Cat Owners Will Have To Microchip And Spay Or Neuter Their Felines Soon
A new mandate now requires L.A. County cat owners to "fix" their felines and microchip them.
The L.A. County Board of Supervisors just passed a long-anticipated measure that requires pet owners to neuter or spay their cats and have a microchip embedded to help identify them, reports the L.A. Times. The effort is aimed at helping to reduce unwanted breeding and the number of unidentified cats that wind up in county shelters, which—in many cases—are ultimately euthanized. Officials say they will allow for three months to get the word out on the ordinance before they begin enforcing it, reports the Long Beach Press-Telegram.
Initially, the county will offer $50 vouchers to help offset the cost of the surgery, the county's Department of Animal Care and Control Director Marcia Mayeda tells the Times. The vouchers will be available until the first $125,000 of allotted funding is used. After that, they will still be offered to low-income residents. Exemptions to the mandate will be made for cat owners that can show a medical reason for not performing the surgery and for show cats.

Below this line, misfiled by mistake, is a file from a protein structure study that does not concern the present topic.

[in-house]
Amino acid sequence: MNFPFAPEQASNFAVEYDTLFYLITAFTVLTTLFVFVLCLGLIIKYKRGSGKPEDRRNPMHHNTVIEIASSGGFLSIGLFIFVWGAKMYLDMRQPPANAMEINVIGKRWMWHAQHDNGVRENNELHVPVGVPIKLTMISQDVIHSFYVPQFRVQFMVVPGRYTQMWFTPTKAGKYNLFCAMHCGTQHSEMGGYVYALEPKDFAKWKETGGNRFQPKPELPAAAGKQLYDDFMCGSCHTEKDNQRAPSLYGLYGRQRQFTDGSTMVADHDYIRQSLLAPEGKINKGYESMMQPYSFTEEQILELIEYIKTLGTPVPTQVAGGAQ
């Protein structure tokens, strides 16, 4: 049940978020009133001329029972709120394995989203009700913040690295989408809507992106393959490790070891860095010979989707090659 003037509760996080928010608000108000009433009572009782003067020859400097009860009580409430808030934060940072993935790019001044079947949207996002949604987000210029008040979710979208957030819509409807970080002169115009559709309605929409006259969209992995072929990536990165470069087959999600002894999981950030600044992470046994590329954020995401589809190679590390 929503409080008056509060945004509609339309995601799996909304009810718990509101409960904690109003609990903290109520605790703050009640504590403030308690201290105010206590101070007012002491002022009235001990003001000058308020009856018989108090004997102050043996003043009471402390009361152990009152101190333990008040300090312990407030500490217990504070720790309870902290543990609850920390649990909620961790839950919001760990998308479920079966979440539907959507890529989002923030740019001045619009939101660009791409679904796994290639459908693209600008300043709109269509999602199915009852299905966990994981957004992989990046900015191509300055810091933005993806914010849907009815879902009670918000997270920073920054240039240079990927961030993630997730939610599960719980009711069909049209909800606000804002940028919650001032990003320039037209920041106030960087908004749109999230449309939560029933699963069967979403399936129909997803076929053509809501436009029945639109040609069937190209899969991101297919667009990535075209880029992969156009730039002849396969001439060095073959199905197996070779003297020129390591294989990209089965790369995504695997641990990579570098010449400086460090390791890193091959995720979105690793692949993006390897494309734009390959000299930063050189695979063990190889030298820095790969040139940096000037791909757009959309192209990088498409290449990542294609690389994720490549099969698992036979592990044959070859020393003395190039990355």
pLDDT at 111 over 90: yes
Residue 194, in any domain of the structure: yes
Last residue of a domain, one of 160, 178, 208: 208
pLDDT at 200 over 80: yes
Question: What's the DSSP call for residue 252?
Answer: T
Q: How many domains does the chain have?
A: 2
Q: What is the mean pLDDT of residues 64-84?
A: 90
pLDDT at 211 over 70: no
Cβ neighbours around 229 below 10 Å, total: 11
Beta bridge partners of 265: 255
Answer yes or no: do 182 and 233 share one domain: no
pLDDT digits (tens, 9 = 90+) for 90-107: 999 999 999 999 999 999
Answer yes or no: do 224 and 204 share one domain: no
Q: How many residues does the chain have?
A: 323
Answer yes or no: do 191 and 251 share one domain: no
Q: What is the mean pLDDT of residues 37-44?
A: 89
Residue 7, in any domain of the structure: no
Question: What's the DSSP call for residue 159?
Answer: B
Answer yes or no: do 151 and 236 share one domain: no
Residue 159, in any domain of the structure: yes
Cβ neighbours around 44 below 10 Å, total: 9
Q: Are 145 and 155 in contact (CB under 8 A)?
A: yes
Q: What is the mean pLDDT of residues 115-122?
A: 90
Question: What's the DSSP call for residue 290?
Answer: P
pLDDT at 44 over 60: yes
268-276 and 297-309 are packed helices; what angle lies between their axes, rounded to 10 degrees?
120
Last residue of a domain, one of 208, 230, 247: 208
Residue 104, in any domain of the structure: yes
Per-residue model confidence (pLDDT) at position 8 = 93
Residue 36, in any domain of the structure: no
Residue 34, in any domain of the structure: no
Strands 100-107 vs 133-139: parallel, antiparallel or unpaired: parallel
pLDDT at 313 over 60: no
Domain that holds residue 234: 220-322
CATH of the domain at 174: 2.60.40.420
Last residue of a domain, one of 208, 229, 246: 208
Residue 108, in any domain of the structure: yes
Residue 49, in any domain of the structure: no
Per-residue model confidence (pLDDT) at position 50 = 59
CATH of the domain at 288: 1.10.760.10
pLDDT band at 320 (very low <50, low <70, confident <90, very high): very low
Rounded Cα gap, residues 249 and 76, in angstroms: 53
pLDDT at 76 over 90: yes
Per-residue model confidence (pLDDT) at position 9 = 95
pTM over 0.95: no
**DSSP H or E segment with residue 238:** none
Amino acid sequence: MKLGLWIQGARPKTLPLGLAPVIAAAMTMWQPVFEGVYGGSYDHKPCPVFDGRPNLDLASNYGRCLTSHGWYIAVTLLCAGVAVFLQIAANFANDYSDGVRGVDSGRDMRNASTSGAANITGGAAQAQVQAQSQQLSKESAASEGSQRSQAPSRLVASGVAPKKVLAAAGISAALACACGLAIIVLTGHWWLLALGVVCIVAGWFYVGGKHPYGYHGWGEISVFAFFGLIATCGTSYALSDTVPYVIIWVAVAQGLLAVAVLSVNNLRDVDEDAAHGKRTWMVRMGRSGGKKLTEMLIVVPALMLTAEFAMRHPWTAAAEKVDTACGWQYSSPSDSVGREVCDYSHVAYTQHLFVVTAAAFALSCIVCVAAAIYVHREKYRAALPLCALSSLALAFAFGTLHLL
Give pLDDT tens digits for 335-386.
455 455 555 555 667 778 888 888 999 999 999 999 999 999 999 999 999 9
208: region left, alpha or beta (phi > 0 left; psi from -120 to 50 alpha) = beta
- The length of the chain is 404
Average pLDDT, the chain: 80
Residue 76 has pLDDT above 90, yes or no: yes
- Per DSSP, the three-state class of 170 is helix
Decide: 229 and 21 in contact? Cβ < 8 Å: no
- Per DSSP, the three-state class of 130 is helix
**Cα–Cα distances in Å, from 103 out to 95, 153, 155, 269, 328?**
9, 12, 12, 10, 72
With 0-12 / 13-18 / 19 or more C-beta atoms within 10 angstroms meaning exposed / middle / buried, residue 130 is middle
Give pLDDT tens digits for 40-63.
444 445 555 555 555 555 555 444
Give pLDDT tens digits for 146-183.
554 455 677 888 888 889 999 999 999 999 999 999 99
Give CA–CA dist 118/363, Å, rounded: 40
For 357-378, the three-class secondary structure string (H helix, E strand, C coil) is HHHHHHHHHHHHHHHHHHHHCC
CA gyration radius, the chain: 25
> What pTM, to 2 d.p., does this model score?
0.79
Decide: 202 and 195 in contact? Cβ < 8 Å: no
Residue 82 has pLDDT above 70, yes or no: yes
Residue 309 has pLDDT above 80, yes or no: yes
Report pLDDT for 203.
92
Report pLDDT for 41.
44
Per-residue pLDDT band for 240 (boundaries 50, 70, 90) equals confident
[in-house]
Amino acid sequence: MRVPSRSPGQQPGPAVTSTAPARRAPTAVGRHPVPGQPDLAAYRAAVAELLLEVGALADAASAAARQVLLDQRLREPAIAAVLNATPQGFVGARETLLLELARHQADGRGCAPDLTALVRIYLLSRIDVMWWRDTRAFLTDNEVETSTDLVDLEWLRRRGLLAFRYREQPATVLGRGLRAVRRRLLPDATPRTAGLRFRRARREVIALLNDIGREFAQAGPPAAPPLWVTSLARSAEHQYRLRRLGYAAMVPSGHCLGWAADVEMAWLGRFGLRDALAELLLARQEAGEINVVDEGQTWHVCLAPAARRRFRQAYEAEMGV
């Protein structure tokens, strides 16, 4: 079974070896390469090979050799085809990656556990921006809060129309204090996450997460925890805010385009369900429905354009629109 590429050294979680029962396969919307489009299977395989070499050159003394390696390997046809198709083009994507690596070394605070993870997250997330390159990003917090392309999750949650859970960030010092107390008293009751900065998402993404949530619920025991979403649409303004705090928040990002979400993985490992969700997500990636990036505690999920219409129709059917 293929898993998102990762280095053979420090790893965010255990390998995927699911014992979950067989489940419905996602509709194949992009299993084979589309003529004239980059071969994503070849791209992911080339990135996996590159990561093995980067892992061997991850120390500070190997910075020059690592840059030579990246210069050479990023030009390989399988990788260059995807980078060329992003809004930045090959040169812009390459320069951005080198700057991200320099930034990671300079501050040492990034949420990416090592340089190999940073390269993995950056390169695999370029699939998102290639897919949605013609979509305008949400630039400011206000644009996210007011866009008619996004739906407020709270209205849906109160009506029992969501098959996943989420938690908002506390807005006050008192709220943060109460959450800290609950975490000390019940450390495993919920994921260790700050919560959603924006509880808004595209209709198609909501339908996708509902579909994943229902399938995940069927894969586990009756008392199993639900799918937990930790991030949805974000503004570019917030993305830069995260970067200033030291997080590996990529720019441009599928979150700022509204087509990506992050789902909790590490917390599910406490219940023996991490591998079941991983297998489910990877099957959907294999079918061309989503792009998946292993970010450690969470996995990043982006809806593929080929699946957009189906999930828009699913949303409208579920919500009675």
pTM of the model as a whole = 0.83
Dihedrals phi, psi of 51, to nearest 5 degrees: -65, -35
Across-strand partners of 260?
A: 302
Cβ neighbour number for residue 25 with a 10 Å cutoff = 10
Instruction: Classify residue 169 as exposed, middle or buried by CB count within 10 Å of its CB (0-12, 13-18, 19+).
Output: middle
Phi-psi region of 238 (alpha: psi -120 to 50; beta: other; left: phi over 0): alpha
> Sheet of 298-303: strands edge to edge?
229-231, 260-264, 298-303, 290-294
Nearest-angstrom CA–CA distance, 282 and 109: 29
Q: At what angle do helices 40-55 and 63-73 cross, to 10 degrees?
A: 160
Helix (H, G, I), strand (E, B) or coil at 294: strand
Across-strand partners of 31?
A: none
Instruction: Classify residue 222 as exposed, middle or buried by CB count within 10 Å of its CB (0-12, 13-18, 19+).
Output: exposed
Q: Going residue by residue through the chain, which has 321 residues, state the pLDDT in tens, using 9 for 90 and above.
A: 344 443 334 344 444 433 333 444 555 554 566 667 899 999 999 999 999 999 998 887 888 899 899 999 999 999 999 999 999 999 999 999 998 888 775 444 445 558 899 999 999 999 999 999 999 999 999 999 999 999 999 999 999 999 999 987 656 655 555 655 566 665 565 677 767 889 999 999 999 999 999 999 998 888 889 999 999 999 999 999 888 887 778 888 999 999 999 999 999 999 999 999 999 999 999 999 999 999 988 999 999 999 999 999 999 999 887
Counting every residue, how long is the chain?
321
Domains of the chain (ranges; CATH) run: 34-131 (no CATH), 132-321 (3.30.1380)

The mandate also limits breeding for female cats to one litter each year and no more than five in the cat's lifetime.
"There's too many cats going into the shelter, and there's no chance of a home," Joey Herrick, founder of Lucy Pet Foundation—which operates mobile spay and neuter clinics—tells the Times. According to the Department of Animal Care and Control, 28,911 cats were impounded last year alone, while 21,055 of those cats were euthanized.
Enforcement of the mandate will be based on complaints, and cat owners will be issued a warning and an opportunity to comply before being cited. Owners that fail to comply may be issued a fine not to exceed $250, according to the Press-Telegram.
Dogs in the county are already required to be neutered or spayed and microchipped.